There’s just something about watching a bunch of big men in shiny, tight pants run around on TV while you sit on the couch and lick Buffalo sauce off your fingers one by one, am I right?
Come on now… I know this isn’t just me!
But in all seriousness, whether you’re a football fan or not, chances are that you’re a wings fan. Game day rolls around, and alarms start going off in our heads that it’s time to fire up the grill or preheat the oven, time to get our marinating juices flowing, our secret spice mixtures ground together the old fashioned way with a mortar and pestle.
Our thirst for them on Super Bowl Sunday is nearly infinite.
And who doesn’t love a good savory, sticky, succulent wing at a potluck, or a family barbecue, or on girl’s night, with a few economy-sized bottles of wine?
When I was in college, I became more of a vegetarian than I’d ever been before. And though I was no stranger as a freshman to the occasional late-night buffalo chicken cheesesteak order from the local pizza place, I absolutely did not by any means consume meat in the dining hall.
I looked on with horror as friends from the rugby team rushed eagerly to the hot food line on wings night, piling an entire tray with as many as they could carry, and sitting down to their feast.
But the thing was, those wings just didn’t look that good! If you’re a meat-lover or not, enjoyment of these delectable delights is all about the sauce. Wanna swap in a lump of batter-dipped cauliflower for that wing? You’re not gonna get any side eye from me. As long as you make it taste good, I’m game.
A tailgating and game day staple, we live in a world where several regional and nationally known chain restaurants have built their entire menus around wings.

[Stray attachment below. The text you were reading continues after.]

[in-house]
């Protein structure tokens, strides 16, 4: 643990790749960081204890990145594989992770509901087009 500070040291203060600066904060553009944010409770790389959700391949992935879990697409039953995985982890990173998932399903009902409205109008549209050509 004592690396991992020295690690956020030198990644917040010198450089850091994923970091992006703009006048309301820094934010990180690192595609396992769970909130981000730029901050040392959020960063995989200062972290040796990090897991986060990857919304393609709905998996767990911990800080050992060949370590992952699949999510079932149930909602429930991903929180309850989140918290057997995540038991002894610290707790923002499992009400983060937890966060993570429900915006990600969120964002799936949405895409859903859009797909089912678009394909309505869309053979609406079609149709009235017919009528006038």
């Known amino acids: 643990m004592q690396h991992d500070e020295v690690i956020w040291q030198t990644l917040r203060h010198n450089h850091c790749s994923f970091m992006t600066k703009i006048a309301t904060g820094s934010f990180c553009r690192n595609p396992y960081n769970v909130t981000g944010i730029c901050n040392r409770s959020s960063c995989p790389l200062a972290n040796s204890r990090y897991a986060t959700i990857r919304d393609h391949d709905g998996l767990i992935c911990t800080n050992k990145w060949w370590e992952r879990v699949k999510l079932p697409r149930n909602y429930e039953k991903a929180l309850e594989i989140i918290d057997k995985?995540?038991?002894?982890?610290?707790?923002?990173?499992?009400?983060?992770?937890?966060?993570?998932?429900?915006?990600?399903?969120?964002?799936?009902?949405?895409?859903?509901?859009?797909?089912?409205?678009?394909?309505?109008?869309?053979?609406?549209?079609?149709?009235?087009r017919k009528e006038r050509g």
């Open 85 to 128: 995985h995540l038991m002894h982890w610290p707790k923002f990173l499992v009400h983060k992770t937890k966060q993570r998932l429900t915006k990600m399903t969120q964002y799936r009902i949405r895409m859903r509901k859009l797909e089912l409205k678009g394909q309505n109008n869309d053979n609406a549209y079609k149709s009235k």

Where would we be without them?
When you want to have the crew over to watch the game from the comfort of your own couch, parked in front of the big screen or congregating around the grill in the backyard, peeking through your fingers on one hand with fingers crossed on the other (and all of your toes as well) as you eagerly await the ref’s call, skip the takeout.
Making your own sticky, crunchy, spicy, or sweet chicken wings at home doesn’t have to be hard, and there are so many different options out there, the possibilities are almost endless.
Sure, endless possibility can be a nightmare. The paradox of choice and all that. But don’t worry! I got you.
I knew Foodal’s readers, who obviously value taste above all else, would be with me all the way when they found out that I had done the heavy lifting for them, and scoured the web for the absolute tastiest sauces and marinades, the mostly finely tuned cook times and temperatures, to bring you true wing perfection.
Without further ado, please enjoy these scrumptious suggestions from some of our favorite bloggers.
You’re going to want to make more than a few of these. Trust me. And may the best team win!
True to their name, these really are simple to make. Putting together a delicious dish really doesn’t have to be complicated.
With Asian-inspired flavor intensives like ginger, garlic, and scallions, you might want to skip the other sides and apps and make these your whole meal. For an extra spicy punch, swap out the Dijon for spicy Chinese mustard.
Inspired by an article from the archives of the now defunct Gourmet Magazine (RIP), these roasted sesame wings are made in the oven, and glazed with soy, hoisin, and honey. Top them off with a sprinkling of chopped scallions.
Deb Perelman at Smitten Kitchen shares the secrets to making this dish.
Giant Baked Hot with Homemade Blue Cheese Dressing
OK, these aren’t really wings. They’re giant drumsticks. But I don’t hear anyone complaining!
Kristen recommends buying whatever poultry parts you prefer, or whatever’s on sale. The spicy kick comes from a one-two punch of cayenne pepper and you’re favorite hot sauce. It’ll be delicious dunked in blue cheese dressing, made from scratch.
You’ll find the recipe on Feast in Thyme.
Fifteen Spice Double-Cooked
The name alone is a delicious mouthful and the final product will not disappoint. Serve these alongside a tasty mango Asian pear salad (instructions to make this are included in Loreto’s post as well) and you’re good to go.
Pressure cooked, then grilled, this is a unique dish with such an enticing combo of flavors.
Check it out for yourself on Sugar Love Spices.